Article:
'Wooden Ornament' by Seh Hui 'Dining Table' by Seh Hui

First stop, Lemongrass! That’s the restaurant that we are dining in for the day. What strikes me first is the starking difference between the town we saw just now and the restaurants around here, two words describes it: with class! With all the interior design of local handicrafts and furnitures and orange tinted lighting, it’s just pretty beyond words. OK, but the catch came as soon as the menu comes, the prices were pretty jaw dropping as well. For one thing, Cambodian use green backs (read: US dollars) and when you see the menu with prices more than US$3 and with our currency exchange rate at RM3.45 for one dollar, that’s my first traveller shock.

'Menu' by Seh Hui

Moral of the story: When you are travelling, don’t think about exchange rates. (i.e. Treat a dollar there like a dollar back home)

'Cambodian Cuisine' by Seh Hui

But putting that aside to the back of my brain, the food’s very tasty :D. And what’s in the menu as fruit shakes are actually ice blended drinks made with fresh fruits. And it’s the same throughout Cambodia, and at around US$1 per pop, there’s no reason why not to indulge myself with one of those for every meal. Too bad that I’m bad at alcohol, because their local beer (Angkor beer) is selling almost the same price as water! Like, around US$0.50 for a can of beer and just slightly more than a dollar for a large bottle, it’s more than half the price than what we get in Malaysia (no thanks to Malaysia sin taxes :p).

Anyway, to describe their food, I can only say that it’s pretty… umm, Asian? I mean, Cambodian food doesn’t really differ much from the likes of Thailand and Vietnam. But there’s one dish that’s worth mentioning, which I’ll be covering later on.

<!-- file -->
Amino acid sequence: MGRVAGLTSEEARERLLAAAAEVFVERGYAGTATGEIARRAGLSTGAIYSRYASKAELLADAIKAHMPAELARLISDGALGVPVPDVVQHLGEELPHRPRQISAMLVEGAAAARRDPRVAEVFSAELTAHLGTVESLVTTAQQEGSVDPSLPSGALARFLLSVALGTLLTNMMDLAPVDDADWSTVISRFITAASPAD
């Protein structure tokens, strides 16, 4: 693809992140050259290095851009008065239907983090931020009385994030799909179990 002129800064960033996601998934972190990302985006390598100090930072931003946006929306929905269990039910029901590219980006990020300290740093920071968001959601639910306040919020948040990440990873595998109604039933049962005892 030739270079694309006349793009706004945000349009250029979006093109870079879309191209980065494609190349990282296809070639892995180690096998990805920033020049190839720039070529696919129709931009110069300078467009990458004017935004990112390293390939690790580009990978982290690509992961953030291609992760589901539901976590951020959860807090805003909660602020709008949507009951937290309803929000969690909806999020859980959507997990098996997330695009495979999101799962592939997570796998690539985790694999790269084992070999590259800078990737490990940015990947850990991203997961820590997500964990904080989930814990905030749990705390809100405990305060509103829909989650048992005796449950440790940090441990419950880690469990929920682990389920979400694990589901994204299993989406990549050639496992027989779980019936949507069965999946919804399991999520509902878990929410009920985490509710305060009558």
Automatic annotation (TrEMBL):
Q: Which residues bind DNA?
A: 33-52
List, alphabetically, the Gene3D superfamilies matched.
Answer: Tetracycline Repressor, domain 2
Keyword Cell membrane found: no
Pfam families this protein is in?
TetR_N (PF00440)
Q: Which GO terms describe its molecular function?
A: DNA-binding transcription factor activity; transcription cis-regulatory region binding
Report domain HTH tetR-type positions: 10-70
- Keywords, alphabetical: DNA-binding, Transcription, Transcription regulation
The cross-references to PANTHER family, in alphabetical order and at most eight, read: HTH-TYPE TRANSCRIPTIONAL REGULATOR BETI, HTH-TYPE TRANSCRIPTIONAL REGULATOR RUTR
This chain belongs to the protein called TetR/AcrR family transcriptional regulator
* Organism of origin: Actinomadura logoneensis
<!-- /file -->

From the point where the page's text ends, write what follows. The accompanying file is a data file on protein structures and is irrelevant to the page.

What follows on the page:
'Royal Palace at Night' by Seh Hui

After that, we went to a park next to the Royal Palace, and all I can say about it is… ummm, majestic? I don’t know, they arranged the bulbs around the outlines and making it sparkle in hues of yellow (gold?). And looking around the park, you can see Cambodians were filling up pretty much the whole park, either having a picnic or enjoying themselves. According to the brother of Yuan Hui’s boyfriend who guided us around that night (he’s working at Cambodia at the moment), it seemed that gathering around the park and enjoying themselves were a popular past time for the locals. So we were taking our time taking our photo shots. Too bad I didn’t bring along my tripod, so I didn’t really took much shots here.

'His Highness of Camboia' by Seh Hui

And oh yea, pretty much a lot of places in Cambodia, you can see big photo shots of his Highness of Cambodia. I mean, in sizes of a billboard with detailed frame around it. Hmm… I did wonder about the celebrity like treatment to his photos.

Heading back home, it started to drizzle. The tuk-tuk driver quickly stopped his bike and helped us to pull down the vinyl covers at the sides of the cabin and so we didn’t need to share the same fate as our luggage…

to be continued…

Written by

Seh Hui Leong

Python programmer by trade, interested in a broad range of creative fields: illustrating, game design, writing, choreography and most recently building physical things. Described by a friend as a modern renaissance man.